Back to News

Daniel Crouch Rare Books at the Inaugural TEFAF New York

Daniel Crouch Rare Books at the Inaugural TEFAF New York

Fine Books & Collections

11 October 2016

As the inaugural TEFAF New York this autumn brings an art world establishment to America for the first time, Daniel Crouch Rare Books will bring items relating to the discovery of America and the New World.

These include the sole surviving example of the first printed version of ‘The Capitulations of Santa Fe’ from the Fundaçion Casa d’Alba. This historically significant work lays down the conditions under which Columbus was authorised by the Spanish monarchs Ferdinand and Isabella to lead an expedition to what he thought would be the Indies. The Capitulations grant Columbus the titles of Admiral of the Ocean Sea, Viceroy, Governor- General and honorific Don of the Indies, and also ten percent of all riches to be obtained from his intended voyage. ($900,000).

Moving further north, another remarkable inclusion is an extremely rare pair of late Renaissance Italian globes, the first to name Canada. They are the work of master cartographer, engraver, and publisher Mario Cartaro (1540-1620): only one other pair of globes by Cartaro is known to exist. Cartaro’s globes are lauded not only for the beauty of their engraving, but for correctly marking New Guinea as an island and showing the mythical strait of Anian which was believed to separate America and Asia ($225,000).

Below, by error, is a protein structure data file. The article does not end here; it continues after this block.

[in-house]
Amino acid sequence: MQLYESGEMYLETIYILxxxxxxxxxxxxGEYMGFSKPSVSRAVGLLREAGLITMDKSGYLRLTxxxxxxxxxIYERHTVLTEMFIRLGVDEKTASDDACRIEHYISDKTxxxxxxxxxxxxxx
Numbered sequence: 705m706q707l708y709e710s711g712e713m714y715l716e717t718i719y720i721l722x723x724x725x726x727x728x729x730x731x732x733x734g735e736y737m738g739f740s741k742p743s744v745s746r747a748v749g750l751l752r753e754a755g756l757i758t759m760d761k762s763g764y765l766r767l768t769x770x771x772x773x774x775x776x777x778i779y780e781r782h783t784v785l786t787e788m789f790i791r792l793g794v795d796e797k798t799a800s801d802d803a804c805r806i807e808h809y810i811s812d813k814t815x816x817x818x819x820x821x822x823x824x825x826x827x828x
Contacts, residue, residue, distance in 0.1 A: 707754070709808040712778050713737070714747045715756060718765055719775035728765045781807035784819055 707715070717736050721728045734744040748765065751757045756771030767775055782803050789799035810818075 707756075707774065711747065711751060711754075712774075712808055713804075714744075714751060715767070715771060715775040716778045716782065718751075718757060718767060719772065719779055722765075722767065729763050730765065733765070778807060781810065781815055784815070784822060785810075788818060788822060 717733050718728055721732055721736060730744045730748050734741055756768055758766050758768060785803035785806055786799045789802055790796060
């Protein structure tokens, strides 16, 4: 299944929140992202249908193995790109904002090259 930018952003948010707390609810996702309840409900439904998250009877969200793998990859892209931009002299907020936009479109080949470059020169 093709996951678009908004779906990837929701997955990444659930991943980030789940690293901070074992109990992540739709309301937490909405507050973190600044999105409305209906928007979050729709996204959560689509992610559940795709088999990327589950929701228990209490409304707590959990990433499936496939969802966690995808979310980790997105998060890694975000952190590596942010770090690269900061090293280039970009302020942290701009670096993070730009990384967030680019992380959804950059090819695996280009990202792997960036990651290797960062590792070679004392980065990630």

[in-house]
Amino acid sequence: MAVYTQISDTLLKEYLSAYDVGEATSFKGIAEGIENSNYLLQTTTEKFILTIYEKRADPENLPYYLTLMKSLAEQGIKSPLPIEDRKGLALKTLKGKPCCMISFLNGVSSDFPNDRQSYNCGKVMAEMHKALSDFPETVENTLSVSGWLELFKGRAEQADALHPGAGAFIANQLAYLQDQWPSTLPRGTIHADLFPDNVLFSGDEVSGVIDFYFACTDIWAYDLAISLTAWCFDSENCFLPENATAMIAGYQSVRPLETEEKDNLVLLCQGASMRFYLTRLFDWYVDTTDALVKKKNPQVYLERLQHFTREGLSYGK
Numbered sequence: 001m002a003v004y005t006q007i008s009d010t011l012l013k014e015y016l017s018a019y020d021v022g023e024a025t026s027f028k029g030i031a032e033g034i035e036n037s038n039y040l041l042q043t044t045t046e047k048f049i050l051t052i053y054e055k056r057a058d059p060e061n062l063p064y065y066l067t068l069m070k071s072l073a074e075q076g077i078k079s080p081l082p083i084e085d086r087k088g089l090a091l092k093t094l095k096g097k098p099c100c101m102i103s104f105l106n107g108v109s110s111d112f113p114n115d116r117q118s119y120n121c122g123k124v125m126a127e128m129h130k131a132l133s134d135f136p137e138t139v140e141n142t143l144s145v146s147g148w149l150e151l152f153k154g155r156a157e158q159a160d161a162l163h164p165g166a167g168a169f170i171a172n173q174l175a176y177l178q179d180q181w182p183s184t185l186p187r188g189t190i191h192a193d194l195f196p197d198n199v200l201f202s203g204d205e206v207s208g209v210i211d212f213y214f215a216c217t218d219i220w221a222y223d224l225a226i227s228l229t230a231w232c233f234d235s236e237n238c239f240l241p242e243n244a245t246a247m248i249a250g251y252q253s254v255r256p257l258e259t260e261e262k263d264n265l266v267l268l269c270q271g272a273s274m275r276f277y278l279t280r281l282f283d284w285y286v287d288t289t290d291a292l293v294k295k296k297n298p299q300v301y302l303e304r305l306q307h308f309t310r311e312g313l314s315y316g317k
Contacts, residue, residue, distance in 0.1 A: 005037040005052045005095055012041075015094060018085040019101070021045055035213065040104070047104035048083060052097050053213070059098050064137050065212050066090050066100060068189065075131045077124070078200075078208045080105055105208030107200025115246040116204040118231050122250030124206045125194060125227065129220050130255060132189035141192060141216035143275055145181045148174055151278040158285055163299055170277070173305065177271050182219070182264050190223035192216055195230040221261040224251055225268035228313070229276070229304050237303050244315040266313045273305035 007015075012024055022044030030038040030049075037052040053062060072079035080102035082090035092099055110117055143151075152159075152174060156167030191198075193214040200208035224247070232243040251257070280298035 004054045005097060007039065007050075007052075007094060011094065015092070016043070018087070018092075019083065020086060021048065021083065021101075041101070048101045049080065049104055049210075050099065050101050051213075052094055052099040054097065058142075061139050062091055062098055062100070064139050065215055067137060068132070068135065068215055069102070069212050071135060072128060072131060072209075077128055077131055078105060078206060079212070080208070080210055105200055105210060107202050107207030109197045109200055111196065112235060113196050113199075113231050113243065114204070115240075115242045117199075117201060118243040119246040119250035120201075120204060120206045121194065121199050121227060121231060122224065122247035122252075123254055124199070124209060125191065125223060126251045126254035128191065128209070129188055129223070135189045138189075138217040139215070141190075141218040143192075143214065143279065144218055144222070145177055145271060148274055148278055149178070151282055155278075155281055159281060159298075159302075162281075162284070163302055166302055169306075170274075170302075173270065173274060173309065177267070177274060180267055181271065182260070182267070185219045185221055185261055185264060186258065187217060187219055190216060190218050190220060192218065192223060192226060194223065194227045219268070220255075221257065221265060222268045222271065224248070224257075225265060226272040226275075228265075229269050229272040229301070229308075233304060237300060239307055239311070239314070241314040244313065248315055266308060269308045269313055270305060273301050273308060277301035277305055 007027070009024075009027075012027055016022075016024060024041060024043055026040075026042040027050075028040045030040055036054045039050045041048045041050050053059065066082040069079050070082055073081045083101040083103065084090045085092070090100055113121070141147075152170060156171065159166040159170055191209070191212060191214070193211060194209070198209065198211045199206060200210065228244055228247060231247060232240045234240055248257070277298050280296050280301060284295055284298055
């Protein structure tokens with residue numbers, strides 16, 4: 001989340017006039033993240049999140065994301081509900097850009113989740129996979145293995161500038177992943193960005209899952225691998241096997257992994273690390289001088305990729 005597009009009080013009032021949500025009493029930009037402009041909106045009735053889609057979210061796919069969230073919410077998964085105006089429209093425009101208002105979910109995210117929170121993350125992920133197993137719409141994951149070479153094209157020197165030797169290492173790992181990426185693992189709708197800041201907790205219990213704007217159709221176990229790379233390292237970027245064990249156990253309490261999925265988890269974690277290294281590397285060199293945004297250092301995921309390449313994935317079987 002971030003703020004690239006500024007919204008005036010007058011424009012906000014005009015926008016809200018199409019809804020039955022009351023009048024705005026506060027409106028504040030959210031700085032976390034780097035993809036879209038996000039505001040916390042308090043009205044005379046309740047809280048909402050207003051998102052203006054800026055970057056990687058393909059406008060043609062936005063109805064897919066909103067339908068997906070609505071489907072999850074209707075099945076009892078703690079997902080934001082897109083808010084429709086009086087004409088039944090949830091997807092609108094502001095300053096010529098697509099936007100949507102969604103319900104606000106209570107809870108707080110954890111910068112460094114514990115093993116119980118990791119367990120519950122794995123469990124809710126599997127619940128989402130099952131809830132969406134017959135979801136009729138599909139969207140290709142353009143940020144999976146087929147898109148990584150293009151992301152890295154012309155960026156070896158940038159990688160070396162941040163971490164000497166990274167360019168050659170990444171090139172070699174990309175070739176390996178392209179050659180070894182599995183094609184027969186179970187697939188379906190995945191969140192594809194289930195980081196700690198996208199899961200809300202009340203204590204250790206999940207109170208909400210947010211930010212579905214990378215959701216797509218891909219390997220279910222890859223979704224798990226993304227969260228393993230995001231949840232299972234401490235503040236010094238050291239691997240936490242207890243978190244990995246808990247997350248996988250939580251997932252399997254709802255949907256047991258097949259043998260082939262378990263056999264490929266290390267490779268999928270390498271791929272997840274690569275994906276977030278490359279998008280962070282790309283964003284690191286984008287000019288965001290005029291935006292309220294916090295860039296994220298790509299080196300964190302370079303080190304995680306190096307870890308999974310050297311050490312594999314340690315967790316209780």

Appearances can be deceiving in a monumental world map by Frederick de Wit and Giacomo Giovanni de Rossi titled ‘Nova Totius Orbis Tabula’ (1675), one of only two known to exist. In 1675 De Wit’s large wall map of c.1660 was redrawn on 12 sheets and published in Rome by Giovanni de Rossi. De Rossi’s additions include what appears to be the outline of Antarctica; this is, however, still a speculative outline of the great continent believed to exist in the southern hemisphere in order to balance out the landmasses in the north ($525,000).

Human exploration on our planet also compels us to look beyond the confines of our world, as recent interest in interstellar exploration has demonstrated. A particularly fascinating piece is a rare globe of Mars, made during a period of great interest in the red planet and the possibility of Martian civilisation [c.1915]. The globe, by Danish socialist and astronomer, Emmy Ingeborg Brun was created in response to the work of contemporary astronomers Camille Flammarion and Giovanni Schiaparelli, uncle of the iconic fashion designer Elsa Schiaparelli.

In 1885 Schiaparelli observed a network of dark lines on the Martian surface. After publishing his findings, the ‘canali’ or ‘natural channels’ on the surface that he had marked were translated instead as ‘manmade channels’. Flammarion agreed with this interpretation and suggested that they were remnants of a system distributing water across the surface of the planet, created by a now-dying population. Brun, also intrigued by these canals, saw them as evidence of a different, more co-operative form of society and ultimately saw Mars as a potential site for a socialist utopia. In keeping with that ideology, the bronze base is marked with the inscription, ‘Free land. Free Trade. Free Men’ ($75,000).

View the original article
(PDF format)